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If you’re interested in learning more about my work, you can follow along on a variety of social media websites: TwitterGoogle+MendeleyYouTubeFourSquarePinterestProject Noah, and iNaturalist.

ESC Caption C1 P2

We had a great response to last week’s photo, so thank you to everyone who played along. We’ve got an all new photo for you to caption today, but first we need you to vote for your favourite Photo 1 caption.

ESC Caption Contest C1 P1

[polldaddy poll=6409189]

We’ll post the results and award some points next week.

Now, onto this week’s photo (here are the rules if this is your first time):

ESC Caption C1 P2

ESC Caption Contest C1 P2 – Photo by Morgan Jackson

Have fun!

Got a great insect photo? Submit it to the 3rd Annual BugEye Photo Contest presented by the Entomological Society of Ontario!

Acorn Weevil by Crystal Ernst

2011 Winning Photo, Open Category: Acorn Weevil by Crystal Ernst

Prizes for:
– Best photo (open category): $50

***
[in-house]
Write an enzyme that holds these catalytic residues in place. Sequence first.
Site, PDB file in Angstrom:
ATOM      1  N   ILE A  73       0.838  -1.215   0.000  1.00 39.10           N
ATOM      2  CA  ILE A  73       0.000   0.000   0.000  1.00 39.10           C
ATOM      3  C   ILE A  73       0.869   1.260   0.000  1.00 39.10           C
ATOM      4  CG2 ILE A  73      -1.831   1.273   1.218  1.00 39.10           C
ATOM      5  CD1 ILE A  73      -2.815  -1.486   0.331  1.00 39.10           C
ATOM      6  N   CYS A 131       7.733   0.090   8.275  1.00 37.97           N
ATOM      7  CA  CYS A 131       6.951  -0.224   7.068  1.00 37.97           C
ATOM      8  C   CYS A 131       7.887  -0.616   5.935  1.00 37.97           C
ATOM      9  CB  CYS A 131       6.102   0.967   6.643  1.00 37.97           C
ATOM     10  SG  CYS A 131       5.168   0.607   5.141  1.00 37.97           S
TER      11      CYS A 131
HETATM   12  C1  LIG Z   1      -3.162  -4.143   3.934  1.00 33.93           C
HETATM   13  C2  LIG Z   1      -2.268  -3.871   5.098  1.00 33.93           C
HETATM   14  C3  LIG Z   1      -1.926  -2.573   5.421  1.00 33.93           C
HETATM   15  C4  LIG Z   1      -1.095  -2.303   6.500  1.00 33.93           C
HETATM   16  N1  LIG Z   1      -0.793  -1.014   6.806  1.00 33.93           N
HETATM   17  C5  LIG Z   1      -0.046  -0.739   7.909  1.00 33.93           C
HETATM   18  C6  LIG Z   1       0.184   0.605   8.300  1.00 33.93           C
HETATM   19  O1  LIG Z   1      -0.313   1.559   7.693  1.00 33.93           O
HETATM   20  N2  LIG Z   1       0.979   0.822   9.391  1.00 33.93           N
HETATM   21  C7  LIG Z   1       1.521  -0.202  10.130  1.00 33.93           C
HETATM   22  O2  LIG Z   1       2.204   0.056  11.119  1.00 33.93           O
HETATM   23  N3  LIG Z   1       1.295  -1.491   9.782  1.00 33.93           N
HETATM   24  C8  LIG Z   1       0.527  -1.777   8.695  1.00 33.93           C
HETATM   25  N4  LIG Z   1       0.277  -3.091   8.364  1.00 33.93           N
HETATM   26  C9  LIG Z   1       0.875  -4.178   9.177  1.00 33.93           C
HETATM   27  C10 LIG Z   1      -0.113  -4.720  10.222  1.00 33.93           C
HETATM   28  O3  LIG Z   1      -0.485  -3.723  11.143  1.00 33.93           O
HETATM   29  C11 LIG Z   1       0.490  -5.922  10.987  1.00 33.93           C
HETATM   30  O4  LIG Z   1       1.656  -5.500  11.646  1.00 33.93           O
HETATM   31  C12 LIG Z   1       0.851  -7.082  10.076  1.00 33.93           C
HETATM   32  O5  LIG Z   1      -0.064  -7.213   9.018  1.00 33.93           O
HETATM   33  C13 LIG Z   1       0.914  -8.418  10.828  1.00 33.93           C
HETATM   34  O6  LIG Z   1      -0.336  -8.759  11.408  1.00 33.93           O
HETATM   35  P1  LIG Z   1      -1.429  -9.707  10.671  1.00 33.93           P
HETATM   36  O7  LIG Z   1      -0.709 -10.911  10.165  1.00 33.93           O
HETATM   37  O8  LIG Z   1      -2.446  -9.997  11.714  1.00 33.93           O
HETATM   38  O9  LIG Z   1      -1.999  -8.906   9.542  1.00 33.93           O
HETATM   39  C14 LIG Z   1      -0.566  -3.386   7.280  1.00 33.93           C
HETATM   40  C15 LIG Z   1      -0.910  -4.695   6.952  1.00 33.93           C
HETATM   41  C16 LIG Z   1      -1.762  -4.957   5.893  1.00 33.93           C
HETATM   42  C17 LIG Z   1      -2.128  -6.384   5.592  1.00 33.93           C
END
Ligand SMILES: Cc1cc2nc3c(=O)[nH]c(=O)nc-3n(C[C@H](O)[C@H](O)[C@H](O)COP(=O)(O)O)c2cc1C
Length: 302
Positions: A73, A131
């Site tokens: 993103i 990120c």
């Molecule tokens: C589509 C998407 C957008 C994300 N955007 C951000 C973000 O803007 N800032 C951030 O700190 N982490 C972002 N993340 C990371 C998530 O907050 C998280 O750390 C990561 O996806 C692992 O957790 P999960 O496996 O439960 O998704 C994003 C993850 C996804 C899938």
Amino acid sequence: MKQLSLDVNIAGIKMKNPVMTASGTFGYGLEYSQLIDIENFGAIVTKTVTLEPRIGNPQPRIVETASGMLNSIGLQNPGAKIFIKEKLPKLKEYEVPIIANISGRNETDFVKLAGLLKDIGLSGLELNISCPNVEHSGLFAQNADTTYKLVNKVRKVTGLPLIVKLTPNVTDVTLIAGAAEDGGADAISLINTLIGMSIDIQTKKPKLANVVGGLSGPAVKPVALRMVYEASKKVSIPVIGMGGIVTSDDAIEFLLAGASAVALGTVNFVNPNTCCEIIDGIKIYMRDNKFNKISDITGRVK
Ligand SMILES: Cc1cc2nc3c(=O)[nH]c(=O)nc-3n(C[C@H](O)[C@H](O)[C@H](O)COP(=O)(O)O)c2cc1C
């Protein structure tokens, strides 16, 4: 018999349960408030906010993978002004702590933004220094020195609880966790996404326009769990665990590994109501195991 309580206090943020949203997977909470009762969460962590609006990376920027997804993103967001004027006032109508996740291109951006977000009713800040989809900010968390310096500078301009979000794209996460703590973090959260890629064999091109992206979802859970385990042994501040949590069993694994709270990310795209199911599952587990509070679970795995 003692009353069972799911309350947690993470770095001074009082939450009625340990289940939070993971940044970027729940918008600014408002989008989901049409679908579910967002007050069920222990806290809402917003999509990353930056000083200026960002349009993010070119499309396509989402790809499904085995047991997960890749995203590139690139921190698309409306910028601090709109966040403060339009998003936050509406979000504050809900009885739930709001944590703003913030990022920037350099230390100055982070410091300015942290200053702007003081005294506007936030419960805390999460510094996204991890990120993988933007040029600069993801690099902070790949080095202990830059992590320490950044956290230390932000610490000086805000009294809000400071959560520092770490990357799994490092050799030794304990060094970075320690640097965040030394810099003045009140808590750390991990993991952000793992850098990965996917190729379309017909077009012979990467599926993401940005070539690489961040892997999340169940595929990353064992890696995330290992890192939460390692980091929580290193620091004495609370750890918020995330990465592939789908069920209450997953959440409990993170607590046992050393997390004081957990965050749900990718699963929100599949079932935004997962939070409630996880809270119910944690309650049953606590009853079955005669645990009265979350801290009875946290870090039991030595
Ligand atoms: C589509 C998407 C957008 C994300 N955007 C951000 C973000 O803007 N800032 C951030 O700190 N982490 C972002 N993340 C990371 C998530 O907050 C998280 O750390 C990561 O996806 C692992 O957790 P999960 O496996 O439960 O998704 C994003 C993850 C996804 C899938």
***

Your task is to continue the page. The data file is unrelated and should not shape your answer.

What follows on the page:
– Best photo by an Ontario resident: $50
– Best photo of an Ontario insect: $50
– Best photo by a kid under 13: $50

Open to everyone, no entry fee!
(Ontario resident includes anyone who currently makes their primary residence in Ontario, international students welcome!).

Submission deadline: Sept. 6th, 2012

Submit photos to: esophotos@gmail.com

Winners announced: September 30th, 2012

Copyright for the photo remains with the photographer, use must be granted for ESO promotional material. Winning photos will be displayed on the ESO website, and all entries will be displayed at the 149th Annual General Meeting of the ESO.

Interested in meeting other entomologists and learning more about Ontario insects? Join ESO! It’s free for students and amateurs, and only $30 for others. Get more information at http://www.entsocont.ca.

Rules:
1. Photos must be of insects or closely-related arthropods (e.g. mites, spiders).
2. Submissions must be as digital files
3. Photographic enhancement is allowed as long as it is something that could be achieved in a real darkroom (i.e. adjustment of contrast, color enhancement, cropping, etc.). However very obvious enhancements will be negatively scored.
4. You may submit up to 3 unique images per category.